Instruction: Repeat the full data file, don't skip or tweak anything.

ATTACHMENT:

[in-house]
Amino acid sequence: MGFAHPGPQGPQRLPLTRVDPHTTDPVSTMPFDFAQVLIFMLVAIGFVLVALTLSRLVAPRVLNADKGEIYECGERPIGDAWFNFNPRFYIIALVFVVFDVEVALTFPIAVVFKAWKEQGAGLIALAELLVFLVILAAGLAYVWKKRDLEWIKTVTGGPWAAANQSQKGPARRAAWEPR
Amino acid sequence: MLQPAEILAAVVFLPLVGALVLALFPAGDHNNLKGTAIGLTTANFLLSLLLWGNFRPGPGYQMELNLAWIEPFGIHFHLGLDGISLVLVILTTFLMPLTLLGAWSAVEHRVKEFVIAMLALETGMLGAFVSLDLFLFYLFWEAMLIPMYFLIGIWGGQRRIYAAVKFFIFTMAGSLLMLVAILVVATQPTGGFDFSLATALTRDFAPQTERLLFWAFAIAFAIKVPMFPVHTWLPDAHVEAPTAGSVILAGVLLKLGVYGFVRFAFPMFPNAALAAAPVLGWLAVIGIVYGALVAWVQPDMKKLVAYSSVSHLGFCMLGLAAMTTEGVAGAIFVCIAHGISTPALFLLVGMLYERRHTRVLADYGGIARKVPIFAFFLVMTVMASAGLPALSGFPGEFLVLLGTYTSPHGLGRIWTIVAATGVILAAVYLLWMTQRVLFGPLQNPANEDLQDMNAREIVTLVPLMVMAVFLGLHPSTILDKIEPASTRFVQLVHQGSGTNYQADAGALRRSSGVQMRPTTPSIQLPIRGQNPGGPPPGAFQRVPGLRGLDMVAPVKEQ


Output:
[in-house]
Amino acid sequence: MGFAHPGPQGPQRLPLTRVDPHTTDPVSTMPFDFAQVLIFMLVAIGFVLVALTLSRLVAPRVLNADKGEIYECGERPIGDAWFNFNPRFYIIALVFVVFDVEVALTFPIAVVFKAWKEQGAGLIALAELLVFLVILAAGLAYVWKKRDLEWIKTVTGGPWAAANQSQKGPARRAAWEPR
Amino acid sequence: MLQPAEILAAVVFLPLVGALVLALFPAGDHNNLKGTAIGLTTANFLLSLLLWGNFRPGPGYQMELNLAWIEPFGIHFHLGLDGISLVLVILTTFLMPLTLLGAWSAVEHRVKEFVIAMLALETGMLGAFVSLDLFLFYLFWEAMLIPMYFLIGIWGGQRRIYAAVKFFIFTMAGSLLMLVAILVVATQPTGGFDFSLATALTRDFAPQTERLLFWAFAIAFAIKVPMFPVHTWLPDAHVEAPTAGSVILAGVLLKLGVYGFVRFAFPMFPNAALAAAPVLGWLAVIGIVYGALVAWVQPDMKKLVAYSSVSHLGFCMLGLAAMTTEGVAGAIFVCIAHGISTPALFLLVGMLYERRHTRVLADYGGIARKVPIFAFFLVMTVMASAGLPALSGFPGEFLVLLGTYTSPHGLGRIWTIVAATGVILAAVYLLWMTQRVLFGPLQNPANEDLQDMNAREIVTLVPLMVMAVFLGLHPSTILDKIEPASTRFVQLVHQGSGTNYQADAGALRRSSGVQMRPTTPSIQLPIRGQNPGGPPPGAFQRVPGLRGLDMVAPVKEQ